- Scott Elmquist
- Among the more interesting City Council races, local developer Charlie Diradour is taking on incumbent Charles Samuels in the Fan District.
The political season is still in its gurgling, soft-headed infancy, but the field for November's citywide elections is taking shape.
What do we know for sure? The Richmond School Board is about to get an infusion of new blood. As for City Council, 9th District Councilman Douglas Conner has, by way of unforced error, opened the door for a challenge. And the race for the 2nd District seat may the most interesting of them all.
First, to the School Board. Three members — Evette Wilson, Adria Scott and Kimberly Bridges, who recently stepped aside as chairwoman — have declined to run for re-election.
"This is where you're likely to see the greatest amount of activity," says David Hicks, senior policy adviser to Mayor Dwight Jones. A large turnout at a recent public meeting on shifting school districts indicates interest among parents, Hicks says, and is a "red-meat" issue for potential candidates.
Yet none of the candidates who have filed to run are vying for any of those open seats. With nearly four months before the June 12 filing deadline, the only challenger is Dorian Daniels, who's filed papers to challenge 3rd District representative Norma Murdoch-Kitt.
But names of potential candidates are making the rounds:
Jeffrey Bourne, deputy chief of staff for Mayor Dwight Jones, is said to be considering a run for the School Board. Doing so would pit him against Murdoch-Kitt as well.
Just as important for Bourne, insiders say, is whether he'll resign his position with the city when standing for office. While there may not be an explicit provision in the city code requiring him to do so, working for the mayor and the School Board likely would lead to conflicts of interest, particularly during budget season.
The Jones connection doesn't stop there. The mayor's son, the Rev. Derik E. Jones, is said to be eyeing the School Board seat held by 8th District member Dawn Page, who is rumored to be eying a run for City Council against Councilwoman Reva Trammell. The mayor got his start in politics decades ago as a member of the School Board, and both father and son serve as pastors at First Baptist Church of South Richmond.
As for other City Council races, Erin Delp has filed to run against 3rd District Councilman Chris Hilbert. Local developer David Gammino will take on 5th District Councilman E. Martin Jewell. And then there's Charlie Diradour.
Diradour, a local political observer and real estate developer, announced his intention to run for the 2nd District council seat earlier this month.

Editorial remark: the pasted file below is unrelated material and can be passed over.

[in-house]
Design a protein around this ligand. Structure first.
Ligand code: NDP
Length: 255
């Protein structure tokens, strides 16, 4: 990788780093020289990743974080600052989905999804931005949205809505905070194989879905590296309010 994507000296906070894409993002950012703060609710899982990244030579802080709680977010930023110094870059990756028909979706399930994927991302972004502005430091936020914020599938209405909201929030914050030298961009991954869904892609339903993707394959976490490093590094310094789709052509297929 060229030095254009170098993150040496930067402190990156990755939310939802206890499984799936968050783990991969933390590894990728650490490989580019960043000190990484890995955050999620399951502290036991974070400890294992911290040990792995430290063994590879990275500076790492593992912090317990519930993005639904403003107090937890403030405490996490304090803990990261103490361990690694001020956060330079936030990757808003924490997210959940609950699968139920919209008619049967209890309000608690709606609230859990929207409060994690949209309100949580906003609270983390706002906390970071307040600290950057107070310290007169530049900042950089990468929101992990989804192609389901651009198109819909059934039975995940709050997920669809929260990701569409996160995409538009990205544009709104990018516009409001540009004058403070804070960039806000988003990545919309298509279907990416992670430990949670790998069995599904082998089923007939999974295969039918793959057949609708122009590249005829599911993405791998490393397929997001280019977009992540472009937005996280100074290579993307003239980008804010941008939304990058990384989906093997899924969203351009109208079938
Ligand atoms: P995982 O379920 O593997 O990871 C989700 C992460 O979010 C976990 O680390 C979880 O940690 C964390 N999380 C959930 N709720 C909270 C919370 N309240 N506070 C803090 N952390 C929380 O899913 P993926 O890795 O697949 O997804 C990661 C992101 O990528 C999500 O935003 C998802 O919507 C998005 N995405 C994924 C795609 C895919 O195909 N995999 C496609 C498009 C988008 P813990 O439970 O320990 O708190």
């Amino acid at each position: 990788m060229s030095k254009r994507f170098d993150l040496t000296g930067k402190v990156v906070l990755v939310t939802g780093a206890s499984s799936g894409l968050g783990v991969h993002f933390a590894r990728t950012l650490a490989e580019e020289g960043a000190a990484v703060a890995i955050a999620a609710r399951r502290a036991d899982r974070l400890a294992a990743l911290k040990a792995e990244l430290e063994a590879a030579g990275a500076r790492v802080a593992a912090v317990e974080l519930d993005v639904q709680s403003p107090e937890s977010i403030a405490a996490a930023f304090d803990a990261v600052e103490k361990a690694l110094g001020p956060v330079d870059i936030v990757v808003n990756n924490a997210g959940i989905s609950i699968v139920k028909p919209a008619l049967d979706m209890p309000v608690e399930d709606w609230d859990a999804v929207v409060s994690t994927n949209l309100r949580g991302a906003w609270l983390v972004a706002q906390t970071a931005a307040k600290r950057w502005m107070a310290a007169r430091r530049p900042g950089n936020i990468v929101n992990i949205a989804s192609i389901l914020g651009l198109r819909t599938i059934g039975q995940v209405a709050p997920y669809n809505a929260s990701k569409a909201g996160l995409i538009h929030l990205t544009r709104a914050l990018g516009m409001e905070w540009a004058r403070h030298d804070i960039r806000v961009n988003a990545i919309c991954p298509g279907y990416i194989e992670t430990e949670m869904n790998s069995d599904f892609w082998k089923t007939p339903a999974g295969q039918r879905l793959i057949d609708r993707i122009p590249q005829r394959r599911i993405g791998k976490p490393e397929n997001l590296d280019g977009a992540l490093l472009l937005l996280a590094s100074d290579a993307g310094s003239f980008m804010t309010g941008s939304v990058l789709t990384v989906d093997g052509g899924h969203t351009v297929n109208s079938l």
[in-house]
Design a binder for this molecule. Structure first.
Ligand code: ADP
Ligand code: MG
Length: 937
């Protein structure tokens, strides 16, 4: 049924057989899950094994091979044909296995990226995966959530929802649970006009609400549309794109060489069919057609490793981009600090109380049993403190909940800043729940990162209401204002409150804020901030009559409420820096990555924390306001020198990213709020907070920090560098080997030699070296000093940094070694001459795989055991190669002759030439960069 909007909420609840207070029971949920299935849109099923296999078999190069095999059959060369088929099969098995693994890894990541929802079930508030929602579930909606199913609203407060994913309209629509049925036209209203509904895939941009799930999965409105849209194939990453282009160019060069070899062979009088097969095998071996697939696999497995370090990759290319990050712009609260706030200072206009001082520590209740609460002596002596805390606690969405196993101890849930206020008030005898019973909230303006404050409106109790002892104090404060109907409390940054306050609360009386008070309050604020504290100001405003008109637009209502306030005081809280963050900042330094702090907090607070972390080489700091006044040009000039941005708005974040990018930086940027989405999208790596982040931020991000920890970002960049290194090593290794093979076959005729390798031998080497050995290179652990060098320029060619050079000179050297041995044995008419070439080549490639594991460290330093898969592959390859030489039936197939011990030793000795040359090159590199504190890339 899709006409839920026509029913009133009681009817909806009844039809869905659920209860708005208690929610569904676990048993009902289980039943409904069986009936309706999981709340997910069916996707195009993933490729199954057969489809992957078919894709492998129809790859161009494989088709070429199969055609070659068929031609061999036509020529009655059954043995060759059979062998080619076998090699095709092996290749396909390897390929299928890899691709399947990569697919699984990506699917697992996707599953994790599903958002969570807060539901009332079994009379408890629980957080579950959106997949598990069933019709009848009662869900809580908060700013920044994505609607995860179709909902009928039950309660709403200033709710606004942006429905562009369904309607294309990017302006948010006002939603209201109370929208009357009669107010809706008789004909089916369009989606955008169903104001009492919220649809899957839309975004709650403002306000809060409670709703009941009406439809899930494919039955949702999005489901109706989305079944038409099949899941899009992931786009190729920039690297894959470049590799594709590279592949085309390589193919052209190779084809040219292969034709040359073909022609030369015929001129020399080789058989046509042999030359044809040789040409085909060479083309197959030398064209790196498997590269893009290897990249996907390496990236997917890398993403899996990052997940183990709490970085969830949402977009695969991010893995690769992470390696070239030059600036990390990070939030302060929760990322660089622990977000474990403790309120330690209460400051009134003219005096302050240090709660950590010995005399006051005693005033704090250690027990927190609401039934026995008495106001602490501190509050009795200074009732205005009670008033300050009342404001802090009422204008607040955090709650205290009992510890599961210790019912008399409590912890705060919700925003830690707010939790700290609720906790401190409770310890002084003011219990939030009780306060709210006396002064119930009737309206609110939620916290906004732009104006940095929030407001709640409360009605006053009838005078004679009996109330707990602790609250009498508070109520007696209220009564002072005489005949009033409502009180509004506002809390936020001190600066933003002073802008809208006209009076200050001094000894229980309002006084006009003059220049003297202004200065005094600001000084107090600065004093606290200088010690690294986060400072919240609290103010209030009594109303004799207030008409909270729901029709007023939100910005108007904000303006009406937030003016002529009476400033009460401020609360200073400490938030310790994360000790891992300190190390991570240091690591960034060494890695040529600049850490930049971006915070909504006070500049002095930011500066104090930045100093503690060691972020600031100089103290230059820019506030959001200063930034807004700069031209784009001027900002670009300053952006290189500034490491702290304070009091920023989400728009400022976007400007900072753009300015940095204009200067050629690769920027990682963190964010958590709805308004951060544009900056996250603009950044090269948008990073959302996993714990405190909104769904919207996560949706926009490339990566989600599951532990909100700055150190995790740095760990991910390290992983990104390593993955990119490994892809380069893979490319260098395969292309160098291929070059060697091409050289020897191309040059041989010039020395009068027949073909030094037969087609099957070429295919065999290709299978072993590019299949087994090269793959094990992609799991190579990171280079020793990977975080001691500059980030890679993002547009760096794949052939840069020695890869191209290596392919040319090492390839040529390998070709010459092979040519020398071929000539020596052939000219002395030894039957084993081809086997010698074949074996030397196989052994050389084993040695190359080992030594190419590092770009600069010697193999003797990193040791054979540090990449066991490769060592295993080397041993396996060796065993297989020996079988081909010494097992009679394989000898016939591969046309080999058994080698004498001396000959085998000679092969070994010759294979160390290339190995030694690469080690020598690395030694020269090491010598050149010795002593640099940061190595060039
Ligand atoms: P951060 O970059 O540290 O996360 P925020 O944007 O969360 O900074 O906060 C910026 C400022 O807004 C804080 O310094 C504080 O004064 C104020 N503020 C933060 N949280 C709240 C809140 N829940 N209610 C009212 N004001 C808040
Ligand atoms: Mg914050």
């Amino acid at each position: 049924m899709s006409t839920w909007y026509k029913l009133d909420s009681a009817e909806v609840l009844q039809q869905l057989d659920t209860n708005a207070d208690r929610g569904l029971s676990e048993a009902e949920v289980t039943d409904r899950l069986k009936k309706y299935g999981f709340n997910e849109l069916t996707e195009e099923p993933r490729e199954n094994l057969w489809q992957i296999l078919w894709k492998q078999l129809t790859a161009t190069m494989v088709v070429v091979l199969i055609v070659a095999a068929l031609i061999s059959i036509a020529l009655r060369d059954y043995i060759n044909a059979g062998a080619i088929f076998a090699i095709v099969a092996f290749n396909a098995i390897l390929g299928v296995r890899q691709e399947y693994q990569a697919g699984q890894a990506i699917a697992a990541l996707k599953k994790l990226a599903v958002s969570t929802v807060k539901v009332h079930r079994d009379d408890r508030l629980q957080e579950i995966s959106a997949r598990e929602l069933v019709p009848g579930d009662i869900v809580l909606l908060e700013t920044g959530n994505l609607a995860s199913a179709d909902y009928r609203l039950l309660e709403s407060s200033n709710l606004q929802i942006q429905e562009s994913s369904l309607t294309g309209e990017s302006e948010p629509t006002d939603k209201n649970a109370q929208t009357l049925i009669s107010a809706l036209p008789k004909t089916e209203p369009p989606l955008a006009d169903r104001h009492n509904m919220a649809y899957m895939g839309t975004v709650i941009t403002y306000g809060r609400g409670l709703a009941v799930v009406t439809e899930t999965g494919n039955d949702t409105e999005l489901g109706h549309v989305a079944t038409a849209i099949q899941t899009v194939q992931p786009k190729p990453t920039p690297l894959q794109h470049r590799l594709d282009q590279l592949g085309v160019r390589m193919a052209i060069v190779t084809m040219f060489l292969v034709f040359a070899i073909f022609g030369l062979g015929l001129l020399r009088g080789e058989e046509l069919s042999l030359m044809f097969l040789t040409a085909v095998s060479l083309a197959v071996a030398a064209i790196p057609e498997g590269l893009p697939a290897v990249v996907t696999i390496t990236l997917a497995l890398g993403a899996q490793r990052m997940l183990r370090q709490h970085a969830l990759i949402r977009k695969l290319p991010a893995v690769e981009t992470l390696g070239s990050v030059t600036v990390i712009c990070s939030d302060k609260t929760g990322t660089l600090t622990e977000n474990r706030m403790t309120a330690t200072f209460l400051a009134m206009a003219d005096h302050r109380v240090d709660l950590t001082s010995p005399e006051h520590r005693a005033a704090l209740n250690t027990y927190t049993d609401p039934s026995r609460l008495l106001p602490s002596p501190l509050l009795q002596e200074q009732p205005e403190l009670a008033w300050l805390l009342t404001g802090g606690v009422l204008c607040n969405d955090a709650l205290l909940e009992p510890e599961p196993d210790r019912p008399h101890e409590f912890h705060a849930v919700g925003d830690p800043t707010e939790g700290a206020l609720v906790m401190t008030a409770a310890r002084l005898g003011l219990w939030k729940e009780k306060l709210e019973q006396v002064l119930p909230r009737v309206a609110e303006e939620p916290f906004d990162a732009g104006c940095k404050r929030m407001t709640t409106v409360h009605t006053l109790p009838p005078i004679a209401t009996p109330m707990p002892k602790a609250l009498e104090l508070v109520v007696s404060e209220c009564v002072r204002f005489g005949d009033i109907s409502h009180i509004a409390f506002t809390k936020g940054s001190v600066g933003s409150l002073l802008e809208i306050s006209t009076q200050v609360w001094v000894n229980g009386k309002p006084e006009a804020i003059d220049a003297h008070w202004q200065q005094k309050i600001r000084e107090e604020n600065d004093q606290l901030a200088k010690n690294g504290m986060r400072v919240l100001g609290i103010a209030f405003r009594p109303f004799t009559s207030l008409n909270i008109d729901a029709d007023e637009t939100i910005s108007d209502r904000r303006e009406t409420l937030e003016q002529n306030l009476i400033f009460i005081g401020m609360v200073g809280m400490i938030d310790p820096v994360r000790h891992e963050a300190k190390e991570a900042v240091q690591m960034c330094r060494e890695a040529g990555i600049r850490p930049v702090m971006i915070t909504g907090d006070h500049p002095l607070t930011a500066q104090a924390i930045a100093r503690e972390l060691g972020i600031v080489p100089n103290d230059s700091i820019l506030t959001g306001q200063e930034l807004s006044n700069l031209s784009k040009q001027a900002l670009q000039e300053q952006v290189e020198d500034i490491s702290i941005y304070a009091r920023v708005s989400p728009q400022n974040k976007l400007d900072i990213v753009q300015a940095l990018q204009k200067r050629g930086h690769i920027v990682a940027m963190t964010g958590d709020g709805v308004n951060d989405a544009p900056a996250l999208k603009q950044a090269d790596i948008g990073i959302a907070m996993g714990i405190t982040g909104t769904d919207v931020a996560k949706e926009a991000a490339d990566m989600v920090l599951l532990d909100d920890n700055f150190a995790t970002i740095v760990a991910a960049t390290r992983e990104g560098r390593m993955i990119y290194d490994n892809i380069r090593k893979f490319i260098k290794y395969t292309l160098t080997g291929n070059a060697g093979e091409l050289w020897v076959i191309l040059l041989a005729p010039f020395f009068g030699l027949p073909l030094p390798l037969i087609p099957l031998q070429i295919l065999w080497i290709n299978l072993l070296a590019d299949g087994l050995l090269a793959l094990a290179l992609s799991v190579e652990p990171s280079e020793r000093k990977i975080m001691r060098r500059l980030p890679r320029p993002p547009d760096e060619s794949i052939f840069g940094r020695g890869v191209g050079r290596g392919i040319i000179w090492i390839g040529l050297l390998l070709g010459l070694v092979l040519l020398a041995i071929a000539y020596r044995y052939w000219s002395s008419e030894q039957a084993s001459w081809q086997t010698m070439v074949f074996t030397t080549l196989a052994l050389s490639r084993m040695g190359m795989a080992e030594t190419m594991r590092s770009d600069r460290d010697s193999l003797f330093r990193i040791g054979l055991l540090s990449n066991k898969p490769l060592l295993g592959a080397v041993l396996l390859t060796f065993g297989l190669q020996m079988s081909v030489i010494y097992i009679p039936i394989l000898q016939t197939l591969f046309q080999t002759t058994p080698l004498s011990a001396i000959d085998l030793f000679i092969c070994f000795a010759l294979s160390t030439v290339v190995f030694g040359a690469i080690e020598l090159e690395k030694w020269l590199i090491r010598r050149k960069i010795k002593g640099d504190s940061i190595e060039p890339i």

Incumbent Charles Samuels hasn't yet said whether he will seek re-election. He has some controversial legislation to his credit, including the noise-control ordinance, which has proven somewhat unpopular with the district's younger professionals and students at Virginia Commonwealth University. That constituency's ability to swing an election shouldn't be underestimated, one political watcher says.
"Barack Obama being at the top of the ticket is going to draw out a lot of young people," the insider says. "And where they fall is going to have an impact."
But the 2nd District, which includes the Fan and parts of Jackson Ward, is one of Richmond's most diverse. To win, "you don't have the luxury of focusing on just one set of issues or just one neighborhood," says Bill Pantele, one-time mayoral candidate and former 2nd District councilman.
Pantele, long rumored to be considering another run for mayor, says he hasn't given it "serious thought," but won't completely rule it out.
Then there's Doug Conner. A recent report by WTVR-TV 6 confirmed rumors that Conner was living, part-time at least, at his home in Chesterfield County. The story has stirred up potential rivals, including a former Richmond Crusade for Voters president, Terone Green, and former Councilman Eugene Mason, whom Conner ousted in 2008.
Reached by phone, Green seems less inclined. Challenging Conner will require relocating his family to the city's 9th District, and Green says both of his daughters attend school in Henrico County. "I have a lot of confidence in Henrico schools, more so than I do in Richmond Public Schools," he says. "I want to do it. The timing is right. But I can't put my personal goals ahead of my kids." S